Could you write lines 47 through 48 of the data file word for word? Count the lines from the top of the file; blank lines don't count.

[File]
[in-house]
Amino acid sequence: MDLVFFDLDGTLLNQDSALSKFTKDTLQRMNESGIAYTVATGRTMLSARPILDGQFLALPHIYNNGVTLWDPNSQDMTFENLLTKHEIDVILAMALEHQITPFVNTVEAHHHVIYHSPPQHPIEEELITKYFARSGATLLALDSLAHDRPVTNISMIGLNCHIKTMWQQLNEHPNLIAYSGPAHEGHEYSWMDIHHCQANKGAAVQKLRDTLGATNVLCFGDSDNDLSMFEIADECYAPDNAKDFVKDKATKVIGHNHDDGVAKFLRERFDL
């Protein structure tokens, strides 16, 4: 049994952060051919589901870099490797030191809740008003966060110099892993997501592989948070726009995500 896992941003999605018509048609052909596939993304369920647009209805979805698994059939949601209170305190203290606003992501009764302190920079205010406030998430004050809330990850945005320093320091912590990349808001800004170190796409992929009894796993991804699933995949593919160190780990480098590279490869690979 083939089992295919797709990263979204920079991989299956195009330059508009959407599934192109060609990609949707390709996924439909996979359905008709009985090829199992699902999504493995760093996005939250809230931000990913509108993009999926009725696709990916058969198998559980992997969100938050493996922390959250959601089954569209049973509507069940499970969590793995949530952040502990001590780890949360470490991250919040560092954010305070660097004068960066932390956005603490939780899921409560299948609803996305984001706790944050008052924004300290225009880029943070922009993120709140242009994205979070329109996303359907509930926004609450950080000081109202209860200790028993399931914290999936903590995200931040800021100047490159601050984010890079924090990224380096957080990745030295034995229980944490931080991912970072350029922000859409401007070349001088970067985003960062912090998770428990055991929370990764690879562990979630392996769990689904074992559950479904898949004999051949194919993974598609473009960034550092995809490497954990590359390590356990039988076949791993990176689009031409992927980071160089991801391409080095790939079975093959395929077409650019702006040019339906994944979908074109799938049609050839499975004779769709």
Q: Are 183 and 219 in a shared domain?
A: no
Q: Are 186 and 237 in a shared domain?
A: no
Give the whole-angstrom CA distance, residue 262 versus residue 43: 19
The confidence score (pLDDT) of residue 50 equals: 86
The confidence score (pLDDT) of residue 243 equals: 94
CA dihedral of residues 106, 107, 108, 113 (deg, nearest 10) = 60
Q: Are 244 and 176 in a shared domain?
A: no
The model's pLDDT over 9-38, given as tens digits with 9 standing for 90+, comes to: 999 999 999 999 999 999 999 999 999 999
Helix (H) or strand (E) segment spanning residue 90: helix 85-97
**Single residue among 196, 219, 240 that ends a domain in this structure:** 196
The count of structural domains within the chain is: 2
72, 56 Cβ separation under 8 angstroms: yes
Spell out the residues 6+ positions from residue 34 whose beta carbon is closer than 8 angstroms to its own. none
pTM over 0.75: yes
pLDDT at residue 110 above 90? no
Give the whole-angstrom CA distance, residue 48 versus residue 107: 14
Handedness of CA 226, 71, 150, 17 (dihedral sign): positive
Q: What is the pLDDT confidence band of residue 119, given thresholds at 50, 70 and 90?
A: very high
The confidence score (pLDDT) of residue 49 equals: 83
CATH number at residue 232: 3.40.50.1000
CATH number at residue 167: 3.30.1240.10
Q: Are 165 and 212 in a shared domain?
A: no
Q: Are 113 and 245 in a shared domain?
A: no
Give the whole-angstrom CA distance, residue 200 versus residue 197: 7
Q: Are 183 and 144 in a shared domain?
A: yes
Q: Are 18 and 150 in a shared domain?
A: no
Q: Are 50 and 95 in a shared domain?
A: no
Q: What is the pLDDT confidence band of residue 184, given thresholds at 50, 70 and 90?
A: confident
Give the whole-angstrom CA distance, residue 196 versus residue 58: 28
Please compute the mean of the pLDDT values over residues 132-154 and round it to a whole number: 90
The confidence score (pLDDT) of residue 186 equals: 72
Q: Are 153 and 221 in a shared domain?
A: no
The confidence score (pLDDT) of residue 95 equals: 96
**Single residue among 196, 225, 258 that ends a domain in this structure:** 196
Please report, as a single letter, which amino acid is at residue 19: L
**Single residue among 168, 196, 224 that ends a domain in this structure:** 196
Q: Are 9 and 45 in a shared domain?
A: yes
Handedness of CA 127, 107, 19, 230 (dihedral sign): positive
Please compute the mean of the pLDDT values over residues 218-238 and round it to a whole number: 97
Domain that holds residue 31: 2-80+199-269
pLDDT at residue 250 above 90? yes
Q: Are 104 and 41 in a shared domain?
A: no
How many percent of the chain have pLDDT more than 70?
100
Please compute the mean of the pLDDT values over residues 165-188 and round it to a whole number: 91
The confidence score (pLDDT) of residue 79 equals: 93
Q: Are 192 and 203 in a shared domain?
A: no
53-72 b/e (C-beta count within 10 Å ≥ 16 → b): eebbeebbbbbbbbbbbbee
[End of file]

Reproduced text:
The confidence score (pLDDT) of residue 95 equals: 96
**Single residue among 196, 225, 258 that ends a domain in this structure:** 196